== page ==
Since 1992, Delaware Riverkeeper Network’s Water Watch mobilizes a committed network of citizens to make a difference for their local streams and communities. Water Watchers are “on-the-ground” trained investigators for the Delaware River and its tributary streams. Equipped with skills, tools, and persistent vigilance, Delaware Riverkeeper Network Water Watch detects pollution and helps diagnose the health of our expansive living River when no one else is watching. Working together with communities, agencies, and universities, using sound science to gather information, and capitalizing on the dedication of our staff and trained volunteers, Water Watch gathers the information necessary that helps build a strong science foundation for effective pollution detection and control, advocacy, and on-the-ground actions that lead to clean streams, healthy communities, and thriving natural areas.
Water Watch Toolbox
With a diverse watershed spanning four states and a multitude of living habitats, and with numerous historic and emerging threats to the River,DRN’s Water Watch is a multi-faceted monitoring program that selects appropriate methods from an assorted set of tools and protocols to best fit the unique needs of the River. From counting the populations of important wildlife like the ancient horseshoe crabs of the Delaware Bay, to assessing the smallest headwater streams to document abuse by adjacent landowners, assessing the headwaters with baseline monitoring to thwart gas drilling, or monitoring polluted runoff from urban land during storm events, DRN Water Watchers are out there!
Water Watch Pollution Hotline
Even if you are not a trained Water Watcher, your family and your community can do tremendous good for the watershed you live, work, commute, and play in every day. Just by being vigilant! If you see suspicious activity or suspect pollution on the land or in the water, document the exact location and activity with dated photos (smart phones are a monitors best friend) and report the problem to the appropriate agency and the Delaware Riverkeeper Network pollution hotline number. Save our hotline number and local agency numbers in your cell phone so their handy when you need it!
Download Delaware Riverkeeper Network’s pollution hotline contact list below: pollution hotline contact list
How can you be a Water Watcher?
Want to get started to assess a local stream in your community? You can start by getting familiar with your local stream by performing a stream walk visual assessment. Send your data and photos to Delaware Riverkeeper Network’s Water Watch. Remember, you are often the only eyes and ears for your local stream so your observations are critical. Follow the link below for more details.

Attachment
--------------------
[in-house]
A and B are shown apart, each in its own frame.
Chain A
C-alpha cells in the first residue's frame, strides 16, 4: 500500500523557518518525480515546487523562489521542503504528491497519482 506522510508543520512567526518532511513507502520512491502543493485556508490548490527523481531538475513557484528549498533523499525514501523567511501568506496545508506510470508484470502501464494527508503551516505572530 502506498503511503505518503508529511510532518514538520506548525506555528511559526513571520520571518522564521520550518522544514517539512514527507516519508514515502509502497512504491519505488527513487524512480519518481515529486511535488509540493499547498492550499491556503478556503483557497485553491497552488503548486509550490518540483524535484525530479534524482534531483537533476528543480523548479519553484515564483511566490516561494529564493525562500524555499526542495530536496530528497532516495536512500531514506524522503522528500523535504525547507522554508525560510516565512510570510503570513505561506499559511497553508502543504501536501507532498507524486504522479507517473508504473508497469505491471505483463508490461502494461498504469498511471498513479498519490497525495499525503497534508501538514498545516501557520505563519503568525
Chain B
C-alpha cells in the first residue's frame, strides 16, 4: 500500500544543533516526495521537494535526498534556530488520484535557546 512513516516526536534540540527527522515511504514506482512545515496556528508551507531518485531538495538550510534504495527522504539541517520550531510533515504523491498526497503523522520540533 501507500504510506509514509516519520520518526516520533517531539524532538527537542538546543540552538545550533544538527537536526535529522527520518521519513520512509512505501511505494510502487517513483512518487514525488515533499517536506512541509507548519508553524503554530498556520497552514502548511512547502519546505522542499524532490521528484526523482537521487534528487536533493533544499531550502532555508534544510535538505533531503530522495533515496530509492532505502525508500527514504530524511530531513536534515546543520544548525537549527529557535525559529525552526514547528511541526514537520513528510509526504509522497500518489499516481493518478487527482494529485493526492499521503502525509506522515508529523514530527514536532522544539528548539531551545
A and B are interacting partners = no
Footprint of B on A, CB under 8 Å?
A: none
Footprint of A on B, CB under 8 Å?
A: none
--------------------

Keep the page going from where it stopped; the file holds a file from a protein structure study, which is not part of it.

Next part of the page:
(DRN/EPA Stream Walk assessment)
Water Watch Resources and Toolkits
Below a sampling of resources that our Water Watch program uses to collect important data.
DRN Monitor Protocols & Resources
- Pre-Assessment Pipeline Watch Protocols
- Gas Construction Phase Pipeline Watch-Dog Protocols
- Volunteer Code of Ethics and Landowner Permission Forms
- Shale Watch Stream Monitoring Protocols and Visual Assessment
- Adopt-A-Buffer Toolkit
- Water Watch Water Quality Protocols - Stream Monitoring Protocols – basic suite of parameters using Lamotte or HACH kits
- Visual Assessment Monitoring Protocols and QAPP - (Tailored for Alexsauken Creek)
- Dr. SWAT Oil Spill Toolkit
- Stream Health in the Upper Delaware River Basin Underlain by Marcellus Shale (2018-03-29)
Video Tutorials and Instructional Monitoring Modules
- Stream Monitoring Training Module #1 - Determining Surrogate Stream Flow and Grabbing a Sample
- Stream Monitoring Training Module #2 - Chloride Testing & If You Suspect a Pollution Event
- Stream Monitoring Training Module #3 How to calibrate and use the Lamotte Conductivity TRACER Meter
- Vernal Pool Module Presentation - You can brush up on your vernal pool skills by watching DRN's tutorial for volunteer monitors
To learn about Water Watch opportunities, internships,and trainings in your community and beyond, contact Faith Zerbe, Water Watch Director at 215-369-1188 ext 110 or email firstname.lastname@example.org.